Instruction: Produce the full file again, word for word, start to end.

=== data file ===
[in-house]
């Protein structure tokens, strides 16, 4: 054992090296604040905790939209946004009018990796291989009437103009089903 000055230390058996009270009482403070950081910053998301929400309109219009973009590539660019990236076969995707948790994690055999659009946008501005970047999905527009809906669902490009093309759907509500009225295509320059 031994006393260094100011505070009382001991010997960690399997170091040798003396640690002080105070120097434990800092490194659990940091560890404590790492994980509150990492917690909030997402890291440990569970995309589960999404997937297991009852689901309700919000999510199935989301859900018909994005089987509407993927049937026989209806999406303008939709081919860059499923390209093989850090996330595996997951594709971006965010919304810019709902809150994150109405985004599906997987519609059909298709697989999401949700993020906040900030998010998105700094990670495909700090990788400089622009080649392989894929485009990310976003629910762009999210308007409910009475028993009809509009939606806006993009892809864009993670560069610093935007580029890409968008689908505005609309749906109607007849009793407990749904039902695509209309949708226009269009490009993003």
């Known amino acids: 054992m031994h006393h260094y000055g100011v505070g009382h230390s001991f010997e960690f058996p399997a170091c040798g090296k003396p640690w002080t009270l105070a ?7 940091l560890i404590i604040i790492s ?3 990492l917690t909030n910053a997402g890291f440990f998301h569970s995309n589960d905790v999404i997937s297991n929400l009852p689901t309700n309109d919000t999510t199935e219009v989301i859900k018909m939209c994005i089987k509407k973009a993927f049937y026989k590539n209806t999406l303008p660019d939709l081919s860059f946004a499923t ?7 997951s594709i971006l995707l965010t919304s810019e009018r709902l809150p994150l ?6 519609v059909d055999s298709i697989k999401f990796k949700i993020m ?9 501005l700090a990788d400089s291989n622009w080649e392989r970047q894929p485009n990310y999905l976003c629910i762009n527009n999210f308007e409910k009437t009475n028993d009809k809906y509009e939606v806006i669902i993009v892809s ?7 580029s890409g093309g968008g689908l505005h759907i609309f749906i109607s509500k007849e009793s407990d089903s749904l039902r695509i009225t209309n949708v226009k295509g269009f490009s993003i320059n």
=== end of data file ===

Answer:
[in-house]
């Protein structure tokens, strides 16, 4: 054992090296604040905790939209946004009018990796291989009437103009089903 000055230390058996009270009482403070950081910053998301929400309109219009973009590539660019990236076969995707948790994690055999659009946008501005970047999905527009809906669902490009093309759907509500009225295509320059 031994006393260094100011505070009382001991010997960690399997170091040798003396640690002080105070120097434990800092490194659990940091560890404590790492994980509150990492917690909030997402890291440990569970995309589960999404997937297991009852689901309700919000999510199935989301859900018909994005089987509407993927049937026989209806999406303008939709081919860059499923390209093989850090996330595996997951594709971006965010919304810019709902809150994150109405985004599906997987519609059909298709697989999401949700993020906040900030998010998105700094990670495909700090990788400089622009080649392989894929485009990310976003629910762009999210308007409910009475028993009809509009939606806006993009892809864009993670560069610093935007580029890409968008689908505005609309749906109607007849009793407990749904039902695509209309949708226009269009490009993003």
């Known amino acids: 054992m031994h006393h260094y000055g100011v505070g009382h230390s001991f010997e960690f058996p399997a170091c040798g090296k003396p640690w002080t009270l105070a ?7 940091l560890i404590i604040i790492s ?3 990492l917690t909030n910053a997402g890291f440990f998301h569970s995309n589960d905790v999404i997937s297991n929400l009852p689901t309700n309109d919000t999510t199935e219009v989301i859900k018909m939209c994005i089987k509407k973009a993927f049937y026989k590539n209806t999406l303008p660019d939709l081919s860059f946004a499923t ?7 997951s594709i971006l995707l965010t919304s810019e009018r709902l809150p994150l ?6 519609v059909d055999s298709i697989k999401f990796k949700i993020m ?9 501005l700090a990788d400089s291989n622009w080649e392989r970047q894929p485009n990310y999905l976003c629910i762009n527009n999210f308007e409910k009437t009475n028993d009809k809906y509009e939606v806006i669902i993009v892809s ?7 580029s890409g093309g968008g689908l505005h759907i609309f749906i109607s509500k007849e009793s407990d089903s749904l039902r695509i009225t209309n949708v226009k295509g269009f490009s993003i320059n």